A Perfect MAD Man

William Gaines' splendidly zany magazine taught irreverence to a generation

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"I was a behavior problem," Gaines told Maria Reidelbach, author of Completely Mad, "a nonconformist, a difficult child." What a surprise. Yet Gaines was born and raised (in New York City, of course) to be precisely who he became. His father had been a comic-book publisher in the '30s, and when young Bill took over the company after the war, he turned to lurid fun, producing a line of successful gore-and-monster comics that 1) subsidized less profitable publications in his stable, 2) inspired and influenced future horrauteurs from Stephen King to Wes Craven and George Romero, and 3) were the subject of a 1954 Senate subcommittee investigation into the causes of juvenile delinquency.

Gaines soon stopped publishing the spook stuff and staked his fortune on Mad. Circulation peaked at 2.4 million in 1973, when the last of the baby boomers were in grade school, but today, with versions of the Mad world view available elsewhere, it is only a third of that.

Gaines sold Mad in 1961 but stayed as publisher and paterfamilias through a succession of corporate overseers (including its current owner, Time Warner Inc.). Gaines, says editor Nick Meglin, who started at Mad in 1956, was "a very, very casual person -- which is a euphemism for being a slob. He became uncomfortable if people started to wear shirts and ties and pinstripe suits, because he figured they were looking to become corporate creeps, as he would call them." The money saved on wardrobe went to subsidize Gaines' various follies, including restaurant feasts, his collection of small-scale Statues of Liberty (including one of Bartholdi's original models, which he bought for $104,000) and his annual junkets abroad for Mad's editors and contributors.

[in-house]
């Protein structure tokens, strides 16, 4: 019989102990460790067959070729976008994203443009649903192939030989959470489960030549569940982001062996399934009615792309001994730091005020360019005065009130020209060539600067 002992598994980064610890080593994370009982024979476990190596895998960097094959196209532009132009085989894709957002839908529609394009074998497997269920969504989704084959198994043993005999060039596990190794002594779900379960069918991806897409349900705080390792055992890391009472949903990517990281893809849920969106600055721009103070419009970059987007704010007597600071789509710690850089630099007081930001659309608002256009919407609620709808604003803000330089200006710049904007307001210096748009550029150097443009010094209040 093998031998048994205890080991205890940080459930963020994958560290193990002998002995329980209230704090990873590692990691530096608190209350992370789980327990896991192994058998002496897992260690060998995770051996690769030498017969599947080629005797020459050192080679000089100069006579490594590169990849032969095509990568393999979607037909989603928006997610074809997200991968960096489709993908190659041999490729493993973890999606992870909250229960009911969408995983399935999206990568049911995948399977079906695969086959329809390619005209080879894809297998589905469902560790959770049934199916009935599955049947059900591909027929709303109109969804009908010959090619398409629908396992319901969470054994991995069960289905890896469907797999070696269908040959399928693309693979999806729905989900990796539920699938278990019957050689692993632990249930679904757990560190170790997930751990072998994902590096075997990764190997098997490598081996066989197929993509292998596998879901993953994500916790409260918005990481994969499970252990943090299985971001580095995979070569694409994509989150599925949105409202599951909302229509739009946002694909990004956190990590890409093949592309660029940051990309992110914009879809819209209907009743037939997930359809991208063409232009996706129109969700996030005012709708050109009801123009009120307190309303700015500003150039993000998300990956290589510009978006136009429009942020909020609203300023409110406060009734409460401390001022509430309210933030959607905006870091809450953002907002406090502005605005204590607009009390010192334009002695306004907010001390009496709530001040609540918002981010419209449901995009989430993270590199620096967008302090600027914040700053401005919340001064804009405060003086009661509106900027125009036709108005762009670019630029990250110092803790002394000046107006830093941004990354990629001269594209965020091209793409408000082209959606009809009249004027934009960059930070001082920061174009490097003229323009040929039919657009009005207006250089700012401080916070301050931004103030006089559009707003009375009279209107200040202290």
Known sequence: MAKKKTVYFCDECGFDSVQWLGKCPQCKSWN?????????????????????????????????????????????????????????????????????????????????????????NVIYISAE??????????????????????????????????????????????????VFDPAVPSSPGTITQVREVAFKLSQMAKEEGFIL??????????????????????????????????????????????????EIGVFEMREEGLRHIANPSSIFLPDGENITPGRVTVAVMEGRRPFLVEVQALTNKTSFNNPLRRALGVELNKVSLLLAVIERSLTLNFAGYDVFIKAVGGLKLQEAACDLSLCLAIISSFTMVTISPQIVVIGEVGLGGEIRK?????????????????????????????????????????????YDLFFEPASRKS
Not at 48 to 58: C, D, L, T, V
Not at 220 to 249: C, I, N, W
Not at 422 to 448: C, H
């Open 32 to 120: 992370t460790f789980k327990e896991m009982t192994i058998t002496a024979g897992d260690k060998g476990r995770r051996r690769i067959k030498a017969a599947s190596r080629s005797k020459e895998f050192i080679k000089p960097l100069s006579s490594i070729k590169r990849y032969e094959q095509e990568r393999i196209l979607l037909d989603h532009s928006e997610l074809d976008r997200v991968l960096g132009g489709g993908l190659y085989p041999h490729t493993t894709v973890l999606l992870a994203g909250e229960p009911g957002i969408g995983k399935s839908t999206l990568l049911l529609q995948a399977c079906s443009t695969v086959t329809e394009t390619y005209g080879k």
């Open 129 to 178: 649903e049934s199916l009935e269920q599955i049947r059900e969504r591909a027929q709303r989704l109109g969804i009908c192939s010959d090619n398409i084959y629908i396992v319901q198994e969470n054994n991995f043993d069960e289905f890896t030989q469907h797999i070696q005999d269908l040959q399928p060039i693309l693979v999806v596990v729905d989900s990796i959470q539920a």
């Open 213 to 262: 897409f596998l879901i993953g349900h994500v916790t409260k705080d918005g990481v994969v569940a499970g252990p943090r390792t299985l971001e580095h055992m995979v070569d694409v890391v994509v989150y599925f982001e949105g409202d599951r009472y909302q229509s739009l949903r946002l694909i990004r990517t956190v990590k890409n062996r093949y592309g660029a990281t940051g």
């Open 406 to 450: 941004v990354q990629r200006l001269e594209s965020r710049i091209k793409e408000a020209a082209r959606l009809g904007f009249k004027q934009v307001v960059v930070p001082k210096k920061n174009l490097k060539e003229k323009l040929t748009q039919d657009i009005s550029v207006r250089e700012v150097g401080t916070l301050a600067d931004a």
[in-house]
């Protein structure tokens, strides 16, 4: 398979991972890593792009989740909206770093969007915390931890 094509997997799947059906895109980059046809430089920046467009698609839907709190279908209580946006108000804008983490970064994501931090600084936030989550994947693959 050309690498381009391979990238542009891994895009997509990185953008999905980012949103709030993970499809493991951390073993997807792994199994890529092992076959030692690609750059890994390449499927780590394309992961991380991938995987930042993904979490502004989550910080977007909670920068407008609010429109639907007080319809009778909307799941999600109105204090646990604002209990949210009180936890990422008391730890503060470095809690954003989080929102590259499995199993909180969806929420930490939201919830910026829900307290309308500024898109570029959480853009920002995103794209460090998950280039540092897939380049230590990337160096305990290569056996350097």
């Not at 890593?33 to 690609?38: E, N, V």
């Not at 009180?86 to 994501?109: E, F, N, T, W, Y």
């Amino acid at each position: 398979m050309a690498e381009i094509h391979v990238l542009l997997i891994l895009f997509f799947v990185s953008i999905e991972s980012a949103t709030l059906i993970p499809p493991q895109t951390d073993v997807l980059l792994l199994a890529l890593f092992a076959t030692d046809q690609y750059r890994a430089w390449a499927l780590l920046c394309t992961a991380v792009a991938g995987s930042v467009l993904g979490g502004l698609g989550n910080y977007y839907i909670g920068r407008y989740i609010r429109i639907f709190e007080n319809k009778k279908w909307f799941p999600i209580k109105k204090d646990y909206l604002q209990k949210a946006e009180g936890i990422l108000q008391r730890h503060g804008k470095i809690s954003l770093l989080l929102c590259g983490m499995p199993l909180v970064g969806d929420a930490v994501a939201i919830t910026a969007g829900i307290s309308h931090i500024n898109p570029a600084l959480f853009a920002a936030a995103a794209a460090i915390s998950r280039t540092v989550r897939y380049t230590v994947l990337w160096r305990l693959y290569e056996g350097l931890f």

Gaines didn't really invent the magazine, didn't toss in ideas, didn't recruit new editors or writers or artists. Rather, he carefully oversaw the details of the business and by the (mainly) happy force of his personality helped whip up the wiseacre clubhouse chaos from which Mad emerged. "He always said, 'You're going to have to carry me out of here,' " Meglin remembers, "because he didn't have many interests. Mad was his life's work, his hobby, his social life."

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